O.  whereas Russia has deployed nuclear-capable Iskander short-range missiles to Kaliningrad in order to conduct exercises and overflights involving nuclear-capable systems, and whereas Russia’s decision to suspend the Plutonium Disposition and Management Agreement concluded with the United States in 2000 has increased concerns about increased reliance on nuclear weapons by Russia;

P.  whereas the EU plays an important role as a party to the Joint Comprehensive Plan of Action agreed with Iran, including its role as a full member of the Joint Commission overseeing implementation of the agreement;

Q.  whereas on 9 September 2016, the DPRK conducted its 5th nuclear test only months after the test of 6 January 2016; whereas this test, which the DPRK claimed was a ‘successful hydrogen bomb test’, clearly violates its international obligations under the UN Security Council resolutions and the 1992 Joint Declaration of South and North Korea on the Denuclearisation of the Korean Peninsula, which states that the two countries will not develop or hold any nuclear weapons; whereas the proliferation of any WMD, but in particular nuclear weapons and their means of delivery, represents a threat to international peace and security; whereas the DPRK announced its withdrawal from the Nuclear Non-Proliferation Treaty (NPT) in 2003, has been conducting nuclear tests since 2006 and officially declared in 2009 that it had developed a nuclear weapon for deterrence, which means that its threat to its neighbours in North-East Asia, and to regional and international peace and security, has been amplified;

R.  whereas the 2003 European Security Strategy stated that the proliferation of weapons of mass destruction is potentially the greatest threat to our security, including the possibility of a WMD arms race, and that the EU is committed to achieving universal adherence to multilateral treaty regimes, and to strengthening the treaties and their verification provisions; whereas the 2016 EU Global Strategy omits any language on WMDs, non-proliferation and arms control;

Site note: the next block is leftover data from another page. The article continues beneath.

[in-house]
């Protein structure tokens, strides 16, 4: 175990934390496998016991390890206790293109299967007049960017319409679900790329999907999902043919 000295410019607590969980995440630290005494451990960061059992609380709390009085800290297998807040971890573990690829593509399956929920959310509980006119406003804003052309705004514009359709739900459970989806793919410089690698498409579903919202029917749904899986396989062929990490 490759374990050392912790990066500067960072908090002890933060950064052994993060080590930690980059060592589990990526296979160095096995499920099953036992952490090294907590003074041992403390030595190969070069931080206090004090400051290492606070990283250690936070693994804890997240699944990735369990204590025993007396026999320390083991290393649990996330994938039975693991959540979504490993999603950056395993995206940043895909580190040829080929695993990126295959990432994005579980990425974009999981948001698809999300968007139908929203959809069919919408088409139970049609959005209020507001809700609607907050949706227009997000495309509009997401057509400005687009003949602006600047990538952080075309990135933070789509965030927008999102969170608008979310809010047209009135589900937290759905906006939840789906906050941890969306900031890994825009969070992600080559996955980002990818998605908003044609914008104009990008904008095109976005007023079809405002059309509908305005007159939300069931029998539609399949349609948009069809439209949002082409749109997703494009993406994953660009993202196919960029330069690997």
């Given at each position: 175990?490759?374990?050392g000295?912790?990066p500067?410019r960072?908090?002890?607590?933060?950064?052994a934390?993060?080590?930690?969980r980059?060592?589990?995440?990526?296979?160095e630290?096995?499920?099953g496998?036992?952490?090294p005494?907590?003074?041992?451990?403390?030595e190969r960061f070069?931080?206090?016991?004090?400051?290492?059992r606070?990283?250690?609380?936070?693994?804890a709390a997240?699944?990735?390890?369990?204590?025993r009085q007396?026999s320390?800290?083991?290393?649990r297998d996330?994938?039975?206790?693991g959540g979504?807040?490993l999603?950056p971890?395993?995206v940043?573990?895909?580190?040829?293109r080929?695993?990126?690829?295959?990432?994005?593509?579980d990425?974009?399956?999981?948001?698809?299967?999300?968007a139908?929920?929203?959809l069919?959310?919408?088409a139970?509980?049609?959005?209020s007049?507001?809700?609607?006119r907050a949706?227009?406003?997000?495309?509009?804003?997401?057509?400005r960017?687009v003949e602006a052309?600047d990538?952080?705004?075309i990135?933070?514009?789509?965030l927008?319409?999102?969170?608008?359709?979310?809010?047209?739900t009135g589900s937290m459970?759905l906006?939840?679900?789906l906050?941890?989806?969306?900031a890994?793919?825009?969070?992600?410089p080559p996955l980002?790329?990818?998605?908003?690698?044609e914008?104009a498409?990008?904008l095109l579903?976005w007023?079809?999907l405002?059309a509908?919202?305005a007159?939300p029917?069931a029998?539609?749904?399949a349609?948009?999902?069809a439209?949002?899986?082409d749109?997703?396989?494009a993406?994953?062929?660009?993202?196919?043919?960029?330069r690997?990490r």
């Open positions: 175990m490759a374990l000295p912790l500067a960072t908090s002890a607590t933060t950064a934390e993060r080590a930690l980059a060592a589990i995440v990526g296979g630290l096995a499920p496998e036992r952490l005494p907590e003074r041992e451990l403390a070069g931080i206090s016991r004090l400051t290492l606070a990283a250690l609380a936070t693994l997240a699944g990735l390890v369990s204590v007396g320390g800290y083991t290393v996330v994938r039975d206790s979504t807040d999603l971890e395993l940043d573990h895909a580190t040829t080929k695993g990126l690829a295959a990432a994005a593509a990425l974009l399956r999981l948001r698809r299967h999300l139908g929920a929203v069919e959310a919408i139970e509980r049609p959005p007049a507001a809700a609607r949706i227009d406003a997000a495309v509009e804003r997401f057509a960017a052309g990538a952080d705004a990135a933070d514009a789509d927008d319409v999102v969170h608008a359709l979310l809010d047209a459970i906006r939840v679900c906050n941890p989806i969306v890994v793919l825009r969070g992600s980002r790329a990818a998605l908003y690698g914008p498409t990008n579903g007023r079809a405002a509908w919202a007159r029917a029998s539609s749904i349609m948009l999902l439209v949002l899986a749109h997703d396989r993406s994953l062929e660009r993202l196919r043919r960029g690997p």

S.  whereas, regrettably, the EU, in the run-up to the 2015 NPT Review Conference, was unable to agree on a joint position on nuclear disarmament, acknowledging for the first time that ‘different views’ were being expressed about the consequences of maintaining nuclear weapons, and that the 2015 NPT Review Conference was unable to adopt a Final Document as a result of disagreements on pursuing regional efforts to create a zone free of WMD in the Middle East;

T.  whereas the EU has committed itself to making use of all instruments at its disposal to prevent, deter, halt and, if possible, eliminate proliferation programmes causing concern at global level, as clearly expressed in the EU Strategy against Proliferation of WMD adopted by the European Council on 12 December 2003;

1.  Is deeply concerned about the deterioration of regional and international security, the re-emergence of the role of nuclear weapons in that context and the lack of implementation of effective disarmament and non-proliferation steps;

2.  Calls on all nuclear-weapon states to take concrete interim measures to reduce the risk of nuclear-weapon detonations, including reducing the operational status of nuclear weapons and moving nuclear weapons away from deployment into storage, diminishing the role of nuclear weapons in military doctrines and rapidly reducing all types of nuclear weapons;

3.  Expresses deep concern at the potential violations of the Intermediate-Range Nuclear Forces (INF) Treaty;

4.  Supports the 2016 Nuclear Security Summit, recognising that the unauthorised trade in and use of nuclear materials is an immediate and serious threat to global security, and looks forward to achieving the complete tracking and physical securing of all weapons-grade materials;